This ID’ing adventure shows that naturalists have an important voice on the internet. Most people haven’t been trained in their local flora and fauna, and they need a guide – even a digital one – when learning about their natural heritage.
The title’s dramatic, but there’s an opportunity for you to help monitor the spread of potentially deadly-disease-carrying Kissing Bugs. You can be a citizen scientist, an epidemiologist, and a nature hero, all while doing what you probably already do: observing nature at home and at your favorite outdoor places.
There is a family of bugs called Assassin bugs (the scientific name of the family is Reduviidae). A small subset of these are in the genus Triatoma. An even smaller group of species within this genus may carry Chagas disease, which is an uncommon disease, but worthy of attention. What does this have to do with you? Texas A&M University is studying the spread of the disease, and they need eyes on the ground. Your eyes.
What can you do?
- First, stay calm. This isn’t a huge health crisis. It’s just an area of study and interest.
- Read this informative brochure about Triatoma and what info Texas A&M needs if you find one.
- Continue your nature observations in your favorite places, and get in contact with Texas A&M if you find species that look like Triatoma (contact info is in the brochure link). Actually, based on my experience this week, you may want to contact them just to let them know you’re looking.
- Watch for bugs like this:
My Recent Experience
Because a friend let me know about this new study, I had Triatoma on the brain as I was helping with a wilderness survival camp for kids at LLELA (led by Mark Suter of Primitive Texas). When one of the campers saw a cool bug, I recognized it as an Assassin bug. I thought it looked a lot like Triatoma, so I carefully encouraged it into a little container I had.
I took photos of it and sent them to Texas A&M. In a very short time I had an answer back: the little guy/gal wasn’t in Triatoma after all. I could release it! (Good thing; I didn’t want to have to kill it, even if it was a dangerous offender.)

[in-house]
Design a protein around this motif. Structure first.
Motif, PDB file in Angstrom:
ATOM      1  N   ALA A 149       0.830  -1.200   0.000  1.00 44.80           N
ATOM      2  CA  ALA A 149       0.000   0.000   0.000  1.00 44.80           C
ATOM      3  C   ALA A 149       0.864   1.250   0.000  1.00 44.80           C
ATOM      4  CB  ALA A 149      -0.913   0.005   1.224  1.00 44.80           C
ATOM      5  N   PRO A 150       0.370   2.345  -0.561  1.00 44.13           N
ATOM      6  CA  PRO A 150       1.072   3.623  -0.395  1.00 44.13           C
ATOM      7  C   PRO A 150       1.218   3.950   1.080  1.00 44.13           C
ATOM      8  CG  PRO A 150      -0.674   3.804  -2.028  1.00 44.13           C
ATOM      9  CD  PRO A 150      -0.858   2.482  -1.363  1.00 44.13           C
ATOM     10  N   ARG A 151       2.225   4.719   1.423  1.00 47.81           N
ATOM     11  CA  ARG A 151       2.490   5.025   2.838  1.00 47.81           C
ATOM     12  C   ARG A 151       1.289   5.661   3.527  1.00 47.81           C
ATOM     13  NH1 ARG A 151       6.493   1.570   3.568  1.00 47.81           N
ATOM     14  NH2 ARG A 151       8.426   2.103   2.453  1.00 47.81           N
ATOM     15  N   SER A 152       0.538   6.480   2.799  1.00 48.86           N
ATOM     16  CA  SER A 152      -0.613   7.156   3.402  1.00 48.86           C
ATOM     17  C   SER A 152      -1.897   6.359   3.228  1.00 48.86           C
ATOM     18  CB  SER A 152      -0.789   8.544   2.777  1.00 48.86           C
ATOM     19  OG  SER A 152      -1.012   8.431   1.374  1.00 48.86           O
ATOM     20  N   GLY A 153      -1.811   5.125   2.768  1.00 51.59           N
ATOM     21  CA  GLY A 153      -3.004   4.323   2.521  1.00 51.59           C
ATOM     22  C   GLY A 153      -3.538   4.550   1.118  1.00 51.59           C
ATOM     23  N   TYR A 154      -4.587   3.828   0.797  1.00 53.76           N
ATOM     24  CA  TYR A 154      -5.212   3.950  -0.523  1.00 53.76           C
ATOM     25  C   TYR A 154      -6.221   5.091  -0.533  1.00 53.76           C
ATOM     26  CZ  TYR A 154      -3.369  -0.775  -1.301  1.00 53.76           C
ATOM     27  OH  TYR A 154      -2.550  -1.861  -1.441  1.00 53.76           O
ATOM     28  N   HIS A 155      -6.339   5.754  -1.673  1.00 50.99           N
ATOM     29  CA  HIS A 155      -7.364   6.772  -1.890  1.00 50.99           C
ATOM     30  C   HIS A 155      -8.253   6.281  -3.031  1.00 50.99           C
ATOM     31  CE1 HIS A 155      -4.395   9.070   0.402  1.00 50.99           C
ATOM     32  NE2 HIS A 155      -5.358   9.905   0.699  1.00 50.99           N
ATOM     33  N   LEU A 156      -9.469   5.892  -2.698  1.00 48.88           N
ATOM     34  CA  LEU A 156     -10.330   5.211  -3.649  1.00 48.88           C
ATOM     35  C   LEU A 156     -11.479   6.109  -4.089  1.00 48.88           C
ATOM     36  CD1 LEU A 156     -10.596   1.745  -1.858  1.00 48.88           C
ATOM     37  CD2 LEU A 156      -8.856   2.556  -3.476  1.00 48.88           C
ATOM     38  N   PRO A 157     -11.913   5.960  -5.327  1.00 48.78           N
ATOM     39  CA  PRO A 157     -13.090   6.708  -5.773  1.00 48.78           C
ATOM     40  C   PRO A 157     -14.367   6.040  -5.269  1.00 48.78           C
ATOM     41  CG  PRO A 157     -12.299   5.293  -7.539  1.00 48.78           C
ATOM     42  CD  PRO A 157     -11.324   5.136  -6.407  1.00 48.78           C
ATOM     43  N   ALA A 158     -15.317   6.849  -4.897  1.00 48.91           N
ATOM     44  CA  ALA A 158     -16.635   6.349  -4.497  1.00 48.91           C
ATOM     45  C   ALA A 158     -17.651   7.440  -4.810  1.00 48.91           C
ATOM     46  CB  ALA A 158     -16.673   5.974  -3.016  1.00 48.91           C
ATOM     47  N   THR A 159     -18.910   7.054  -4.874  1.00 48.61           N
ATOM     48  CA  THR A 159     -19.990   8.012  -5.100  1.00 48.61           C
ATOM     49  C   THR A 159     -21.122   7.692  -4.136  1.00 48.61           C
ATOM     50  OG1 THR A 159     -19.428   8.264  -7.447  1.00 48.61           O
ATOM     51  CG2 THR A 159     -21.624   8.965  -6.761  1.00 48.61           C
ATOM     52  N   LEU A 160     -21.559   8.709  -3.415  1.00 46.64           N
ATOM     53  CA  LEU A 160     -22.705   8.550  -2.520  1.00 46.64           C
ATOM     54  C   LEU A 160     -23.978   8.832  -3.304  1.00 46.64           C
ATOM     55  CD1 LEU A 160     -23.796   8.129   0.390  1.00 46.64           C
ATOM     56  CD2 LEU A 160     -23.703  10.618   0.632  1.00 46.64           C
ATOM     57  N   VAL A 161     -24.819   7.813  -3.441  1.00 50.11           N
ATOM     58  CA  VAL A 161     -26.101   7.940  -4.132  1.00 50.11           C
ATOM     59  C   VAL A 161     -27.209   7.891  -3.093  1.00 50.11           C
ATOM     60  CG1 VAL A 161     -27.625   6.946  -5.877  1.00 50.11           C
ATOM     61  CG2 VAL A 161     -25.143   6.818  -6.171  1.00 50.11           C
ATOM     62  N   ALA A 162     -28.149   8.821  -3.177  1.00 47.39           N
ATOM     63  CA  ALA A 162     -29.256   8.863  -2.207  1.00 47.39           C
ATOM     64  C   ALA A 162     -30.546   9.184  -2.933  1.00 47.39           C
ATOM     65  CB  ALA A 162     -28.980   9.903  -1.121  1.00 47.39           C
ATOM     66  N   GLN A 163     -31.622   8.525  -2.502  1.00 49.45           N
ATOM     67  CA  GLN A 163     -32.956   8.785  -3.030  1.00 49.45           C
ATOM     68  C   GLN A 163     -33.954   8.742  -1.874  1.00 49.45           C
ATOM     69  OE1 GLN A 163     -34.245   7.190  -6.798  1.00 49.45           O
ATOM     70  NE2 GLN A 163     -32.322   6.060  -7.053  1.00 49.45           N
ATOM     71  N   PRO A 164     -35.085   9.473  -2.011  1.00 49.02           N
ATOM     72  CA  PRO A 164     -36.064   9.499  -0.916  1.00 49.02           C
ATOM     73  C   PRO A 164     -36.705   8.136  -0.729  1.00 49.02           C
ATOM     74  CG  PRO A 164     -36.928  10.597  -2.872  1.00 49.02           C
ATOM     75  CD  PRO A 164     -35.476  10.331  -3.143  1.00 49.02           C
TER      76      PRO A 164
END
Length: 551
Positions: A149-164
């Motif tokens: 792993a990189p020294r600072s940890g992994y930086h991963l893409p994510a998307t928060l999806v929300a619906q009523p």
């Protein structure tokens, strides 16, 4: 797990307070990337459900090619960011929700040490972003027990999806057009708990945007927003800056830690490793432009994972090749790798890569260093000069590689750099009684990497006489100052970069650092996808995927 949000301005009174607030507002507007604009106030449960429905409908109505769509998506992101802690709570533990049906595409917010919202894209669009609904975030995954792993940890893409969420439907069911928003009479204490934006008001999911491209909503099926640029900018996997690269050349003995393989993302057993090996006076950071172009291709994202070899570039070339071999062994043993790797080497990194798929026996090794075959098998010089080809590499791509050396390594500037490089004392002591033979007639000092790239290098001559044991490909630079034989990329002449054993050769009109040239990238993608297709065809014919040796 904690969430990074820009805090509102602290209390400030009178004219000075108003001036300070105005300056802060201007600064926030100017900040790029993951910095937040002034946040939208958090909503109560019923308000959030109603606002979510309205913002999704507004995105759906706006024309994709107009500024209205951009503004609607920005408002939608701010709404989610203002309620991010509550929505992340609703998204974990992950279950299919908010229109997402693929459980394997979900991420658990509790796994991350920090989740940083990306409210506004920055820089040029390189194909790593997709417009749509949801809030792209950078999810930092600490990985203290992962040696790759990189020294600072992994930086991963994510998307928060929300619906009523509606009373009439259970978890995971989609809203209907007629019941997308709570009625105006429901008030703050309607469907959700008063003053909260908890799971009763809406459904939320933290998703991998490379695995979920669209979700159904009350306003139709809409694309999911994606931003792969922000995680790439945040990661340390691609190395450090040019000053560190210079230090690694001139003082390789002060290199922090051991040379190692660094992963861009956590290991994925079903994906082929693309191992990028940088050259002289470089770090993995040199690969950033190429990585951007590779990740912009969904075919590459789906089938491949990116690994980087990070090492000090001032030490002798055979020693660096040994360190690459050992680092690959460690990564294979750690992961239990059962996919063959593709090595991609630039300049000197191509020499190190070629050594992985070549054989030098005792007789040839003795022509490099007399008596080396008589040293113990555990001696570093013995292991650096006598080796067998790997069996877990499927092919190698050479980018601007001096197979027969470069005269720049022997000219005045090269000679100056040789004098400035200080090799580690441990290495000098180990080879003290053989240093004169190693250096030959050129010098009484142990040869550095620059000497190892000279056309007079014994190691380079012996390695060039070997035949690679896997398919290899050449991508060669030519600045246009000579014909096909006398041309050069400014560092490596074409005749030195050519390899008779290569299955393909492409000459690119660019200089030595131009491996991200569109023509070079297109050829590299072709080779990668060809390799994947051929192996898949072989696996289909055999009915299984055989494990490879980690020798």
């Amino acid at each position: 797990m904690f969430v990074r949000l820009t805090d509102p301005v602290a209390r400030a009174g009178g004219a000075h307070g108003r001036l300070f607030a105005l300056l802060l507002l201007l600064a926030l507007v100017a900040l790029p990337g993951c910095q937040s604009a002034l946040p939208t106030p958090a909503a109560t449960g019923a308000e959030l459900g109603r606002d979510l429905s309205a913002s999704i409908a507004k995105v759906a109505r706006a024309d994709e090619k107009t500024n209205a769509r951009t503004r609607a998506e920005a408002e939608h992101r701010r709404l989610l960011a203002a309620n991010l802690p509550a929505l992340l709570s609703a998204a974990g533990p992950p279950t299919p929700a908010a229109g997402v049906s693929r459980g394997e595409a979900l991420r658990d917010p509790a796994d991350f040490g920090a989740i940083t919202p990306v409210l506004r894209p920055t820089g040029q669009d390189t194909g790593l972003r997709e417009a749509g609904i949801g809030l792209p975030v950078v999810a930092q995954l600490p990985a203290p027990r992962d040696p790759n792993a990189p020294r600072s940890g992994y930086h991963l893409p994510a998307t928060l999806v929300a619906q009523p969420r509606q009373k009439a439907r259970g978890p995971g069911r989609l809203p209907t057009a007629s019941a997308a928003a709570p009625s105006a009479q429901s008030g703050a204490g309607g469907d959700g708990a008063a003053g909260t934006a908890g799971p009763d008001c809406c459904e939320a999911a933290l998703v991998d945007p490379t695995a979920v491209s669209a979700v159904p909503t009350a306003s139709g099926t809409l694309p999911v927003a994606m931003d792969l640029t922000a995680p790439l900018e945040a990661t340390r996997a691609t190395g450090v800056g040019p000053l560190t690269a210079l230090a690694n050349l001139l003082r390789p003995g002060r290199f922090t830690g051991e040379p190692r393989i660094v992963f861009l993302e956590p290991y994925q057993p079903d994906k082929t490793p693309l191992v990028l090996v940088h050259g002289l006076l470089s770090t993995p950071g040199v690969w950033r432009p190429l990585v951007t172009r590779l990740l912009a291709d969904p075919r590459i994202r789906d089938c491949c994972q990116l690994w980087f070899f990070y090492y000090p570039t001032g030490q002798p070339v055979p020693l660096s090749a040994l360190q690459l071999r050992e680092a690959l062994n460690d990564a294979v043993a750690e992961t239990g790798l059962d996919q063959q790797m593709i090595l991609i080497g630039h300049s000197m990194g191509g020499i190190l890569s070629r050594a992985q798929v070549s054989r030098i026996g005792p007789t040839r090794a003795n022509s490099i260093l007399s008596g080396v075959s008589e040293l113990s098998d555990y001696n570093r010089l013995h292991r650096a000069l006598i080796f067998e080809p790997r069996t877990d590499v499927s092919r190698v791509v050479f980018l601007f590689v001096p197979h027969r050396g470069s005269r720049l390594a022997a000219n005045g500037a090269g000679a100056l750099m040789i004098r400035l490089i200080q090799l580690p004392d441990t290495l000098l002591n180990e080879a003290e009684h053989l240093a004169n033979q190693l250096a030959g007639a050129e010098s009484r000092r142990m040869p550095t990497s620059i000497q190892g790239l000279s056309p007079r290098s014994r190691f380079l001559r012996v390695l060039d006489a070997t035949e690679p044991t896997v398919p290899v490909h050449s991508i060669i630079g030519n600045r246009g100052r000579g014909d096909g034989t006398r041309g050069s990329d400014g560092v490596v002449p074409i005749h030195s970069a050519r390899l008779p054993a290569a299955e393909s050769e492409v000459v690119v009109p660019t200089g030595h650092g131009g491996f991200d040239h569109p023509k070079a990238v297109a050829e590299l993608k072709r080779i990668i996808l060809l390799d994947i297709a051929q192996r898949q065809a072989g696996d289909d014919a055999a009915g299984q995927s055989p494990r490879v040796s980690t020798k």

Interestingly, Texas A&M wanted the location of the bug, even though it wasn’t in Triatoma. In graduate researcher Rachel Curtis’ words:
We are trying to build some models to map where kissing bugs can be found in Texas. Along with all the kissing bug locations we have, we need some “known negative locations”. These are locations where people (like you!) are looking for kissing bugs, but not finding any. We have a way to randomly generate locations, but it is best to include actual locations where we know people are looking for kissing bugs.
So you may want to contact Texas A&M to let them know you’re looking, even if you’re not finding anything. This may be a case of “no news is good news.”
After all this excitement, I made my third ever contribution to iNaturalist with these photos:
After a few responses to my photos and request for help with the ID, I think what I found is a Bee Assassin (Apiomerus spissipes).
Moral(s) of the story:
- You do NOT have to kill first and ask questions later.
- It’s great to have friends who are in-the-know about nature and the news.
- Citizen Science opportunities abound!
- It’s good to have your camera with you.
- iNaturalist can be a great source of identification help… as long as you have a reasonable quality camera.